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Top 10 Best Films of 2020

10. Soul

“Soul” follows, Joe (Jamie Foxx), a music teacher who has lost his passion for music and sense of purpose. But when he is transported into another realm to help someone find their spark, he discovers a new appreciation for life.  The timing couldn’t have been more perfect for this movie. Whether you have a dream you haven’t accomplished yet, or you feel as though your life hasn’t amounted to anything; take a second to reflect on all the good you already have. Your health, your family, your friends; our life is not as bad as we sometimes make it out to be. And remember to appreciate all the little things, even if it’s as small as a good slice of pizza.

9. Words on Bathroom Walls

“Words on Bathroom Walls” follows Adam(Charlie Plummer), a passionate cook who appears to be a typical teenage boy until an incident in his High School reveals he has schizophrenia. He is expelled, and forced to finish out his senior year at a Catholic High school. It’s there he meets, Maya (Taylor Russell). Their relationship in the film is tender and sweet, but the beauty of “Words on Bathroom Walls” is getting to see perspective on a mental illness that isn’t shown often, especially through a romance. This is something else that deserves representation and understanding. And though the film centers around Adam and Maya, the relationship between Adam and his mom is just as powerful. Her tenacity shows us a mother’s love is unconditional.

8. Let Him Go

After the death of their son, Margaret and George Blackledge (Diane Lane and Kevin Costner) have held on to the light in their life, their grandson, Jimmy. But when their daughter-in-law (Kayli Carter) remarries to an abusive man, Donnie Weboy (Will Brittain), he takes both her and Jimmy away to his family’s secluded home in North Dakota.  Margaret and George leave their ranch in Montana, and go on a mission to save what’s left of their family. Some may not find this movie special, but it transported me back to the theaters with how well it was shot and the incredible performances. You can’t help but feel for this couple, and want them to do whatever is necessary to get their grandson back.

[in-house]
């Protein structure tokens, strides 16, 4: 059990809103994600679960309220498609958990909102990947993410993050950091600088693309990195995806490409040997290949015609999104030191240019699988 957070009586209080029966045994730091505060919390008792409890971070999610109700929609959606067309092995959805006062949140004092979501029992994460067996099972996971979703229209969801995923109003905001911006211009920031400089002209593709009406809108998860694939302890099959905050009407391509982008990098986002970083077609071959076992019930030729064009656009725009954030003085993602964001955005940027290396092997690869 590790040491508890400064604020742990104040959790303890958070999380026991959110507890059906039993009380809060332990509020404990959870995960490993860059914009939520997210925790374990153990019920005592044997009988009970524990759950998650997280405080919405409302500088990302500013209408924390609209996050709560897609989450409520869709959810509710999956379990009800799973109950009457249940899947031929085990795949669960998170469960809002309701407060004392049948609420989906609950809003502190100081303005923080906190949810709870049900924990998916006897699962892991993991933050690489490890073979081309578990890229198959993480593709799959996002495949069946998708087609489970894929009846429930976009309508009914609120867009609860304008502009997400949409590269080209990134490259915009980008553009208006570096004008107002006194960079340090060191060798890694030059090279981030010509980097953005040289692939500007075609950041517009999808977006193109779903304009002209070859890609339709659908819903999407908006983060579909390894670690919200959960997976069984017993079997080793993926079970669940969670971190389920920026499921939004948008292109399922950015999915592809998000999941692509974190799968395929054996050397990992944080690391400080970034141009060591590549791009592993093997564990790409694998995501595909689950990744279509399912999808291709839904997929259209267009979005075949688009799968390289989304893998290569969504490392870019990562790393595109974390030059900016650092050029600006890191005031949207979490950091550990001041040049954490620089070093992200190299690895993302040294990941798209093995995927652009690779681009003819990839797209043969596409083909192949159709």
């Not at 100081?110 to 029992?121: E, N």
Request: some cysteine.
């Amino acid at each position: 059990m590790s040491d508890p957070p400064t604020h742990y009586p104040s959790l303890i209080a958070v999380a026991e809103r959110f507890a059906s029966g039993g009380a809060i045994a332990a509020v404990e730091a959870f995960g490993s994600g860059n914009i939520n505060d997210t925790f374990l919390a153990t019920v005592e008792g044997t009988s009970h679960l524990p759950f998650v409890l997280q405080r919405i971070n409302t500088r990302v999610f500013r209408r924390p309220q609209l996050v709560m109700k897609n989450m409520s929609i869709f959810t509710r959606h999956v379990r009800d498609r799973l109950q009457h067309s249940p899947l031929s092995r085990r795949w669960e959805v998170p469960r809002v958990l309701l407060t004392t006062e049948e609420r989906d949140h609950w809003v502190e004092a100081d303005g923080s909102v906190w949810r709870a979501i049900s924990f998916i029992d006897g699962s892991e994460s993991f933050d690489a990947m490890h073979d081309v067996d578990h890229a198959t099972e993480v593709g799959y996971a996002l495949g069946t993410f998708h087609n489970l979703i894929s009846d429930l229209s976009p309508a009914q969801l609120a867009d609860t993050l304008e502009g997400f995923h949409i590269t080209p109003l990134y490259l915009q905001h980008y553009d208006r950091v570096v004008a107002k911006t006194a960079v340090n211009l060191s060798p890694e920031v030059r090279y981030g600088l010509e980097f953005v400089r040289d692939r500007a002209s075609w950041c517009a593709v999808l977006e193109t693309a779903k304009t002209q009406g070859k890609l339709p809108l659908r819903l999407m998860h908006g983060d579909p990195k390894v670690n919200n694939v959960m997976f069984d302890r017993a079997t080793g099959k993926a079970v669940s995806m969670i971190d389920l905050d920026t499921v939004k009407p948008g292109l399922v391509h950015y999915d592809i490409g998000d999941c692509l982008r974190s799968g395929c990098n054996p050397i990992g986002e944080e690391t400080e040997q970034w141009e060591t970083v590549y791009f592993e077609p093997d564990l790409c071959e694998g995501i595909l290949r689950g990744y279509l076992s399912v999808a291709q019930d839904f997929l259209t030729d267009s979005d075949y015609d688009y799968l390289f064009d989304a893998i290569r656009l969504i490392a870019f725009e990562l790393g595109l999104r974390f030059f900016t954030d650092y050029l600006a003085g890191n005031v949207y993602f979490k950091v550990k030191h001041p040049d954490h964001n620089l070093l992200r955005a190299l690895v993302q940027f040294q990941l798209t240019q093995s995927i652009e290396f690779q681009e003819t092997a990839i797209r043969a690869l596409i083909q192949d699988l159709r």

7. On the Rocks

Bill Murray plays, Felix, a playboy art dealer who, long ago, walked out on his wife and children for the first of many women. He’s selfish and self-centered, yet you can’t help but love the guy. When he hears his daughter, Laura (Rashida Jones), is concerned about her husband’s many work trips, he assumes the worse and encourages her to look into the matter with him.  This film is such an easy and humorous watch. This is in big part due to the natural chemistry between Murray and Jones. Felix is trying to make up for lost time by taking this unfortunate circumstance as an opportunity to spend quality time with his daughter, who he genuinely cares for. “On the Rocks” highlights a sweet, yet unconventional father/daughter relationship, while also shedding a light on marriages that could use a little refresher.

6. Irresistible